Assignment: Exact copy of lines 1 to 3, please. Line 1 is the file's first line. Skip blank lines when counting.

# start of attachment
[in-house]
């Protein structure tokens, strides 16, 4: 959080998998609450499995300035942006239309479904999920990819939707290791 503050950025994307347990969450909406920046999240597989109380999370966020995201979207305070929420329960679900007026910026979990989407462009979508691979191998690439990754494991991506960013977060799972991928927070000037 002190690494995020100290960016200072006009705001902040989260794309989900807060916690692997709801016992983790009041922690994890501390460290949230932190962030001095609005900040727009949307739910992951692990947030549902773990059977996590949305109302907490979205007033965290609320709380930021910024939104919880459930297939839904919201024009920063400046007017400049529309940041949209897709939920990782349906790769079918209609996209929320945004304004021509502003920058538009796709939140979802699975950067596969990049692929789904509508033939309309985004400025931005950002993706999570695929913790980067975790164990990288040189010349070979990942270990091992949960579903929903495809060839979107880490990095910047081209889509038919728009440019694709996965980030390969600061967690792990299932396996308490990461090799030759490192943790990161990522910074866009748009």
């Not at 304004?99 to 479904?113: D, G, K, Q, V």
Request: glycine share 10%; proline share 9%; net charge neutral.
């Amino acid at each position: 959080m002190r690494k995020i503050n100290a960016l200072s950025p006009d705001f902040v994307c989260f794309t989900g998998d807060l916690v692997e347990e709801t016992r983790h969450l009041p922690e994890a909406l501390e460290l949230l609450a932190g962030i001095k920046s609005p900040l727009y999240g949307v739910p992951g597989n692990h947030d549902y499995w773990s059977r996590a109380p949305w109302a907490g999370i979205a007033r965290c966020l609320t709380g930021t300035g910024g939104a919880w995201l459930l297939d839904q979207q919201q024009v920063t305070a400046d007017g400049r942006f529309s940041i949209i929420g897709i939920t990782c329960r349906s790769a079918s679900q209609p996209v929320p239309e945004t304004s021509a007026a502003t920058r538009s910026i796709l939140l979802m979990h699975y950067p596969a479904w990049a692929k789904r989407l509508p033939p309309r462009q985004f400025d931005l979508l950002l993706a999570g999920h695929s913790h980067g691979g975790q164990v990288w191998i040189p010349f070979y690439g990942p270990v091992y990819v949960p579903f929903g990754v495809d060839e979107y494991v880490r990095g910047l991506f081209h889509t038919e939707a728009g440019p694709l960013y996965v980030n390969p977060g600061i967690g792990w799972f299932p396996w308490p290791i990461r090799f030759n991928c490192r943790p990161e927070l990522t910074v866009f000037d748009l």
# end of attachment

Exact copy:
[in-house]
């Protein structure tokens, strides 16, 4: 959080998998609450499995300035942006239309479904999920990819939707290791 503050950025994307347990969450909406920046999240597989109380999370966020995201979207305070929420329960679900007026910026979990989407462009979508691979191998690439990754494991991506960013977060799972991928927070000037 002190690494995020100290960016200072006009705001902040989260794309989900807060916690692997709801016992983790009041922690994890501390460290949230932190962030001095609005900040727009949307739910992951692990947030549902773990059977996590949305109302907490979205007033965290609320709380930021910024939104919880459930297939839904919201024009920063400046007017400049529309940041949209897709939920990782349906790769079918209609996209929320945004304004021509502003920058538009796709939140979802699975950067596969990049692929789904509508033939309309985004400025931005950002993706999570695929913790980067975790164990990288040189010349070979990942270990091992949960579903929903495809060839979107880490990095910047081209889509038919728009440019694709996965980030390969600061967690792990299932396996308490990461090799030759490192943790990161990522910074866009748009």
């Not at 304004?99 to 479904?113: D, G, K, Q, V």